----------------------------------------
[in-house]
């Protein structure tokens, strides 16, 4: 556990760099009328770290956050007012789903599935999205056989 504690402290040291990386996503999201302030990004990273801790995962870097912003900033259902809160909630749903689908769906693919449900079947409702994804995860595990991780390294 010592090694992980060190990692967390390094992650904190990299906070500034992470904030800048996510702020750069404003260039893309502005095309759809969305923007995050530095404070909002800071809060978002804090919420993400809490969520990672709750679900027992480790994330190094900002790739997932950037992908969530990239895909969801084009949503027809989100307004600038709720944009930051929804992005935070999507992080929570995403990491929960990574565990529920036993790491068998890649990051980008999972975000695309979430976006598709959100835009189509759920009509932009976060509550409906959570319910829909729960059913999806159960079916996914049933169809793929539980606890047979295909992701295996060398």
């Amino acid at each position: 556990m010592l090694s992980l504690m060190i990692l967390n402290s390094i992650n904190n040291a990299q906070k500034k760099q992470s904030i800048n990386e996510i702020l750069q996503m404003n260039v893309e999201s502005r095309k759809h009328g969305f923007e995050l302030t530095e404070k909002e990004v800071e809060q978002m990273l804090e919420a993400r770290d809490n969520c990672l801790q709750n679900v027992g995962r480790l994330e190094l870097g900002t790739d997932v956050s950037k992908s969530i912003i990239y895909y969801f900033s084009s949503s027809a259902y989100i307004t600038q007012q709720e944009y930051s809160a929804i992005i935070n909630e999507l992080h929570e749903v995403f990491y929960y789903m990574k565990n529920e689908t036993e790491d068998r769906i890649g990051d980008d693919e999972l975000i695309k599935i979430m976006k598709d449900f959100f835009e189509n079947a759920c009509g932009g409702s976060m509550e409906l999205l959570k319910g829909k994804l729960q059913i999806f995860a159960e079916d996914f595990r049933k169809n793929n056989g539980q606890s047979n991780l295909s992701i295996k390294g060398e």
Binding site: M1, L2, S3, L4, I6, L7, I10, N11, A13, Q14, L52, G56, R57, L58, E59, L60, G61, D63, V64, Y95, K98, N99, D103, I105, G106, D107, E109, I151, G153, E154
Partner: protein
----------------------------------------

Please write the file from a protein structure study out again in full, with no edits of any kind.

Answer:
[in-house]
């Protein structure tokens, strides 16, 4: 556990760099009328770290956050007012789903599935999205056989 504690402290040291990386996503999201302030990004990273801790995962870097912003900033259902809160909630749903689908769906693919449900079947409702994804995860595990991780390294 010592090694992980060190990692967390390094992650904190990299906070500034992470904030800048996510702020750069404003260039893309502005095309759809969305923007995050530095404070909002800071809060978002804090919420993400809490969520990672709750679900027992480790994330190094900002790739997932950037992908969530990239895909969801084009949503027809989100307004600038709720944009930051929804992005935070999507992080929570995403990491929960990574565990529920036993790491068998890649990051980008999972975000695309979430976006598709959100835009189509759920009509932009976060509550409906959570319910829909729960059913999806159960079916996914049933169809793929539980606890047979295909992701295996060398």
């Amino acid at each position: 556990m010592l090694s992980l504690m060190i990692l967390n402290s390094i992650n904190n040291a990299q906070k500034k760099q992470s904030i800048n990386e996510i702020l750069q996503m404003n260039v893309e999201s502005r095309k759809h009328g969305f923007e995050l302030t530095e404070k909002e990004v800071e809060q978002m990273l804090e919420a993400r770290d809490n969520c990672l801790q709750n679900v027992g995962r480790l994330e190094l870097g900002t790739d997932v956050s950037k992908s969530i912003i990239y895909y969801f900033s084009s949503s027809a259902y989100i307004t600038q007012q709720e944009y930051s809160a929804i992005i935070n909630e999507l992080h929570e749903v995403f990491y929960y789903m990574k565990n529920e689908t036993e790491d068998r769906i890649g990051d980008d693919e999972l975000i695309k599935i979430m976006k598709d449900f959100f835009e189509n079947a759920c009509g932009g409702s976060m509550e409906l999205l959570k319910g829909k994804l729960q059913i999806f995860a159960e079916d996914f595990r049933k169809n793929n056989g539980q606890s047979n991780l295909s992701i295996k390294g060398e």
Binding site: M1, L2, S3, L4, I6, L7, I10, N11, A13, Q14, L52, G56, R57, L58, E59, L60, G61, D63, V64, Y95, K98, N99, D103, I105, G106, D107, E109, I151, G153, E154
Partner: protein